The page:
Why I Talk About Politics & Philosophy In Comedy!

I was roughly 14 when I discovered Bill Hicks. I was about 15 when I found George Carlin and Richard Pryor. I was 16 when I performed my first Stand Up Comedy set.

It’s been a little over 13 years (at the time of this post) since my very first show at the high school talent show. And since I started I’ve always wanted to talk about political, social and philosophical issues on stage. In part due to my influence of watching Bill Hicks, George Carlin & Richard Pryor and how they addressed it with poise, honesty, passion and knowledge. But also in part because it’s just a part of who I am.

In fact when I was 19 I didn’t want anything to do with Stand Up Comedy because I thought it didn’t do anything to help people. The real problem was that I didn’t know how use Comedy to talk about issues. I was still green and forming my own beliefs. Not only that but I was also still figuring out my own voice on stage. At 19, I was in what I like to call my “Dane Cook” phase. A lot of my material was about family strife, television shows and the oddities of food performed with more bravado than audience at my shows.

By the time I graduated college I was talking a little bit about religion and race, but it mostly still doing the accent and addressing television shows I like. Around 21, after I graduated college, I became really comfortable about my beliefs and using them as a vehicle for my Comedy. It was a start to my Comedy evolving a little closer to what I’ve wanted it to be.

It’s been about 5 years since I started writing the way I do now. With the help of friends and mentors like comedians Stewart Huff & Lee Camp I’ve been writing full, hour long shows that have a thesis or theme to work on. Usually the material takes a political or philosophical twist. This feels right to me.

But talking politics, especially these days, can be difficult. Because of our inability to have appropriate discourse, talking about political subjects on stage can lead to shouting matches, excessive & unnecessary profanity and alienation. But I think this is the most important time to talk about politics and issues.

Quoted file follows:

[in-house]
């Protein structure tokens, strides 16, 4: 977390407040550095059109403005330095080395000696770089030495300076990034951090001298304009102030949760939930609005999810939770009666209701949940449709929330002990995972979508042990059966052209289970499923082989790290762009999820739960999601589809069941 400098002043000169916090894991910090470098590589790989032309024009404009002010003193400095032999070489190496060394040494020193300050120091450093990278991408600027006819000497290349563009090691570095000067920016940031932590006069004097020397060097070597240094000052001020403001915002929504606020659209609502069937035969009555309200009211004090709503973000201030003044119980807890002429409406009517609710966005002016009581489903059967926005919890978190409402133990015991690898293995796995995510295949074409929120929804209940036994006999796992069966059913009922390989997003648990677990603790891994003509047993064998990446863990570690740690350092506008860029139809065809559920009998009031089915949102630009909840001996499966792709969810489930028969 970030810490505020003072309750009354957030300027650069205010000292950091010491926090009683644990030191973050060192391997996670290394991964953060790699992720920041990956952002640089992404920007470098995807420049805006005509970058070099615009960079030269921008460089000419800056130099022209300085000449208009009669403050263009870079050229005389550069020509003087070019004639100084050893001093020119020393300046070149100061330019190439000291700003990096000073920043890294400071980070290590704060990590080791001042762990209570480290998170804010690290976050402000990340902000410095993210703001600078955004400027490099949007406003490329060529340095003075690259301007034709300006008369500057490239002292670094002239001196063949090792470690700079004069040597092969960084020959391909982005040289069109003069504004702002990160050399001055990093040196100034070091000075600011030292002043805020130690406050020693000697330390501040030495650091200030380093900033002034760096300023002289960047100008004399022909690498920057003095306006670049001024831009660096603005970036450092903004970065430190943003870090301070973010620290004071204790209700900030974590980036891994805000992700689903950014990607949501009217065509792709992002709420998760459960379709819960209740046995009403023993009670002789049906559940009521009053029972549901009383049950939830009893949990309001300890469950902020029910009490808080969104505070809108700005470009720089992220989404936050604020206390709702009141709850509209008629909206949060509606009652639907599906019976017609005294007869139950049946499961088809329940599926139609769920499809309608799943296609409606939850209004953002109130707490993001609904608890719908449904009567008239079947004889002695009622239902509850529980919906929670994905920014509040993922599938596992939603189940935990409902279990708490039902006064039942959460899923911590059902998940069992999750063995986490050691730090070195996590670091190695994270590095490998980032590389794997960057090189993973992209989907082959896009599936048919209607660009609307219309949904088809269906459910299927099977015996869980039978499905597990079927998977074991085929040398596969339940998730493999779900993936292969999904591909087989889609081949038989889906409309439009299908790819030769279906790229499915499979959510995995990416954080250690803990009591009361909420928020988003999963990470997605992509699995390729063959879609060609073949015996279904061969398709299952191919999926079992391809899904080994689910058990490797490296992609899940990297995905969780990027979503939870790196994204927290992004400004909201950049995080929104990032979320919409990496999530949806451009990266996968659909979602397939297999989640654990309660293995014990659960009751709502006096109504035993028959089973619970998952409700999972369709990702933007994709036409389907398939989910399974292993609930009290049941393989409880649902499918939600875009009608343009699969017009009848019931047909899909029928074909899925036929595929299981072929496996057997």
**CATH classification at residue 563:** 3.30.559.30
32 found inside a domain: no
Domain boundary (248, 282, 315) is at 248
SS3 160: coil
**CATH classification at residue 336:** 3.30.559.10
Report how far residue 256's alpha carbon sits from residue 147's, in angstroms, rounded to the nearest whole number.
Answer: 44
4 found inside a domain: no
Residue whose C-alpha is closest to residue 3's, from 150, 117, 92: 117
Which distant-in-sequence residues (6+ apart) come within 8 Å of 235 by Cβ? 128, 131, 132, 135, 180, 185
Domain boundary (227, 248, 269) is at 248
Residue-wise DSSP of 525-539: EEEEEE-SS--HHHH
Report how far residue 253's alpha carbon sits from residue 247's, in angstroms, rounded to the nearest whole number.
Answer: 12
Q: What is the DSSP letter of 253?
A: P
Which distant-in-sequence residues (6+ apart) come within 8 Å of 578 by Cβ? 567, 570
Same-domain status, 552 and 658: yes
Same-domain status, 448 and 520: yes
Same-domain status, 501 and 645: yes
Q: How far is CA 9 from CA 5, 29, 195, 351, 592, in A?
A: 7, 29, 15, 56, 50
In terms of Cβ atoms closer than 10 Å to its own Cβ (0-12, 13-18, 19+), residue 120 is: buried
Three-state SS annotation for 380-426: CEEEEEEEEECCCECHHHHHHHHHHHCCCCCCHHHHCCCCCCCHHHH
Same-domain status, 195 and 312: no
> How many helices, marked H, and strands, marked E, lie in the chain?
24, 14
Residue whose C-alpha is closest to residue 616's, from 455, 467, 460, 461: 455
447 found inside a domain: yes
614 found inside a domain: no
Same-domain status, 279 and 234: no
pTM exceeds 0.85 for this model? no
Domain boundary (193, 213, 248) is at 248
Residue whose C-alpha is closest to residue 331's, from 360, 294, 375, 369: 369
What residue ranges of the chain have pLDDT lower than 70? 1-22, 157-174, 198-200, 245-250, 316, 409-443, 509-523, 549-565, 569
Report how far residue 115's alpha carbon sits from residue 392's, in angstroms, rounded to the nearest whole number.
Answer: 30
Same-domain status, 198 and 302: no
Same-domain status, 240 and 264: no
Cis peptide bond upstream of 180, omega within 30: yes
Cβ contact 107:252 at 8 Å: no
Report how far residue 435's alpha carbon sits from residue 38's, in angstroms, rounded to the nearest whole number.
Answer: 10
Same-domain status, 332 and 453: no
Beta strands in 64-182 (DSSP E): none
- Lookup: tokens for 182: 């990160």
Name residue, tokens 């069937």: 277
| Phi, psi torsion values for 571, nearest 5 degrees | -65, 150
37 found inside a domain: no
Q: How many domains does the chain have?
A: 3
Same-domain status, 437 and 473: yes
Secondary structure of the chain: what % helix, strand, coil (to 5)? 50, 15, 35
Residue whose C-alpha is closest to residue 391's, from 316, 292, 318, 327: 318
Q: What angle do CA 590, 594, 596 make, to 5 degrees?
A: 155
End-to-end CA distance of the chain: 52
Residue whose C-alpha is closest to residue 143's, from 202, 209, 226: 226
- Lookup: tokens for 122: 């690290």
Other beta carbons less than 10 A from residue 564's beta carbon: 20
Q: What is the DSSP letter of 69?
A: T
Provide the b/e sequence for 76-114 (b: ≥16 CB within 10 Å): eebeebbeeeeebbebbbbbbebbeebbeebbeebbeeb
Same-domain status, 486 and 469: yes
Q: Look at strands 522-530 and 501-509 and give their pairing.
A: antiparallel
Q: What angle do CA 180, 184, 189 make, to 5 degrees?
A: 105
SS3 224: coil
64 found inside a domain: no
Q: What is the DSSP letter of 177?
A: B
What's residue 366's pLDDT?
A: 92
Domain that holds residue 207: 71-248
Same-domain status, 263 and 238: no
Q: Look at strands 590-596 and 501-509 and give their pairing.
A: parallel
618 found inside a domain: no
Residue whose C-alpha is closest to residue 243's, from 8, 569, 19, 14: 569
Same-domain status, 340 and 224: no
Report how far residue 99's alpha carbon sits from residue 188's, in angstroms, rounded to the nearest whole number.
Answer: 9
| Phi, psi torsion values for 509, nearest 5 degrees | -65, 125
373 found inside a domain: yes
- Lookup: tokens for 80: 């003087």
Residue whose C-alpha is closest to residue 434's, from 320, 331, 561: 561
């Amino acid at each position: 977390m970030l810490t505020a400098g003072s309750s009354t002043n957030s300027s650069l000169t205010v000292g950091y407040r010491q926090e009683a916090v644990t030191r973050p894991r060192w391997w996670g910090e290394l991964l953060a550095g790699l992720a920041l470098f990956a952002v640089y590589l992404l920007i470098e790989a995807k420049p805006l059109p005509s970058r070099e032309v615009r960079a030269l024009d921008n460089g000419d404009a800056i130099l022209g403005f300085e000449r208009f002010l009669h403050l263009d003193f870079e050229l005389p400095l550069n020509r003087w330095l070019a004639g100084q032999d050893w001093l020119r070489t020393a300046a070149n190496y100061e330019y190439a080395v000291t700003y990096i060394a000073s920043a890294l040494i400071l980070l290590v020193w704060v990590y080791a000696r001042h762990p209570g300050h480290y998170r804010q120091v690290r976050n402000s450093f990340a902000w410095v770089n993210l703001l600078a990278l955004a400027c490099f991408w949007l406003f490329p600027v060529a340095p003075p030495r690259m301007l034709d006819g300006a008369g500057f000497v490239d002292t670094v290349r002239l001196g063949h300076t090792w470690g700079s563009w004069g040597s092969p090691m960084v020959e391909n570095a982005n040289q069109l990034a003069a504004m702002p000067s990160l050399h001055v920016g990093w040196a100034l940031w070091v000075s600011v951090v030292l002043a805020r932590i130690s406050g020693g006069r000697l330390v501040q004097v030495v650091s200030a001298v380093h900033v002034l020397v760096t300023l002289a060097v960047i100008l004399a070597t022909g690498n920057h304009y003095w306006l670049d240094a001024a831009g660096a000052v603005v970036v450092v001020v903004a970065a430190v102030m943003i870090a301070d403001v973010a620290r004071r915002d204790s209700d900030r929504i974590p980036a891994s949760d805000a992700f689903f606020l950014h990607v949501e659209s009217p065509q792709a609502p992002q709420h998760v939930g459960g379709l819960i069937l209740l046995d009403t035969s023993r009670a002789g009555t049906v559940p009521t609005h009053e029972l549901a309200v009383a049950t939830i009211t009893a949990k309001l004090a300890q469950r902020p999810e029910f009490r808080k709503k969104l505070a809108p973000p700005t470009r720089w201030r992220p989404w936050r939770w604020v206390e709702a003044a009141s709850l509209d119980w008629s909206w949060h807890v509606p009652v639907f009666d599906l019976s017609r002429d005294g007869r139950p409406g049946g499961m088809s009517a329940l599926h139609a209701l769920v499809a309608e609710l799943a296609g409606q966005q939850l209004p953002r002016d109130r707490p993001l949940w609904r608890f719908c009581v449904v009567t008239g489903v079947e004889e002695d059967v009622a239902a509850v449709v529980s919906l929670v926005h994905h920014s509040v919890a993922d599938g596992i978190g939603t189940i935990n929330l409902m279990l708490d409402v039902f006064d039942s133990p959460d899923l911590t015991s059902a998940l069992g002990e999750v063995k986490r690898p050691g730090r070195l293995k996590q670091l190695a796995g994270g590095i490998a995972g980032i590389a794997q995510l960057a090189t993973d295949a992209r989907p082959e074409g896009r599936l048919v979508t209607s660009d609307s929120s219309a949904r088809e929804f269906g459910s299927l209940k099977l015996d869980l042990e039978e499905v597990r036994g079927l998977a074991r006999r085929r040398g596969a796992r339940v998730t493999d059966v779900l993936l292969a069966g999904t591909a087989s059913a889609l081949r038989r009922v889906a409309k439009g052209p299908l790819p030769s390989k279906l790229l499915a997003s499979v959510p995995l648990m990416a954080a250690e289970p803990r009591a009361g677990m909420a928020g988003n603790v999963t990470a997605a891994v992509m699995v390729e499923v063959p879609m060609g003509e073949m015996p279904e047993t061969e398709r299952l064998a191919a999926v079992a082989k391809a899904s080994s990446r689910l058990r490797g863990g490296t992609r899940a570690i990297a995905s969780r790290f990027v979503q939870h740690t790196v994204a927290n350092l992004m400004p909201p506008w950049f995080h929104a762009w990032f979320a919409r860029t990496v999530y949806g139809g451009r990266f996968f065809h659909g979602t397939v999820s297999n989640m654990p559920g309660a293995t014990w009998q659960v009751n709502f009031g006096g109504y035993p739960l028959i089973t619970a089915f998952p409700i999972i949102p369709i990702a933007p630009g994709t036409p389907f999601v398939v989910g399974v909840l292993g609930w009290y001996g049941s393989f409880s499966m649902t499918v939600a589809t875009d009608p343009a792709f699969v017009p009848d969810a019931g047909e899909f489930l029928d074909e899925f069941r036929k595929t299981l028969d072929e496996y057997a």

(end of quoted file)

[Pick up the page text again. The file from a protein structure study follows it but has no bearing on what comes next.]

Comedy is probably one of the best ways to address these topics. It grants levity to something pretty serious. It makes you realize that there’s flexibility in what you believe. If we laugh about something, we’ve dropped our defenses and are better able to have some discourse, discussions and dialogue. That’s what all the comedians I looked up to did.

I get quite bit of flack for addressing issues and talking about philosophy on stage and I always have. To that I say: you can use your platform any way you choose. I choose to address the social, political & philosophical issues that I think are important. When I first started addressing it and other comedians would give me flak about it, I would just politely walk away, but now I feel like a good enough response and am a lot more confident in my material, my skills and my beliefs.

People also claim that politics isn’t relatable to people. I’ve heard this from other comedians, club owners, family and audience members. That statement couldn’t be farther from the truth. The nature of healthcare affects your health and wellbeing. Immigration affects the status of jobs, racial slurs and scapegoating. How we deal with education affects your kids and the future of these issues. Will history repeat itself because each generation learns the same lessons over and over again? Or will we try to learn from the failures of past generations and build off their successes? These affect our day to day lives. It’s probably the most relatable thing there is.

This is why I’ve found Fringe Festivals and DIY venues to be a great place for my shows. They’re a place for someone to express what they want to express the way they want to express it. There are no restrictions on what you can and can’t do. I’ve been rejected by several Comedy Clubs because of the direction my material has taken. Even certain groups I’ve reached out to say they don’t want to be involved in anything remotely political. There are some Comedy Clubs are looking for something different, but usually these Clubs are ones have a DIY aesthetic behind it.

Fringes and the DIY world are different than mainstream Comedy Clubs. They’re ready for a challenge on all fronts. They’re inviting to all groups. We’re now living in a world where complacency isn’t an option. We need to be engaged with the unfolding events of the world. We all need to help everyone in order to build a better society. And it can all start with just one laugh.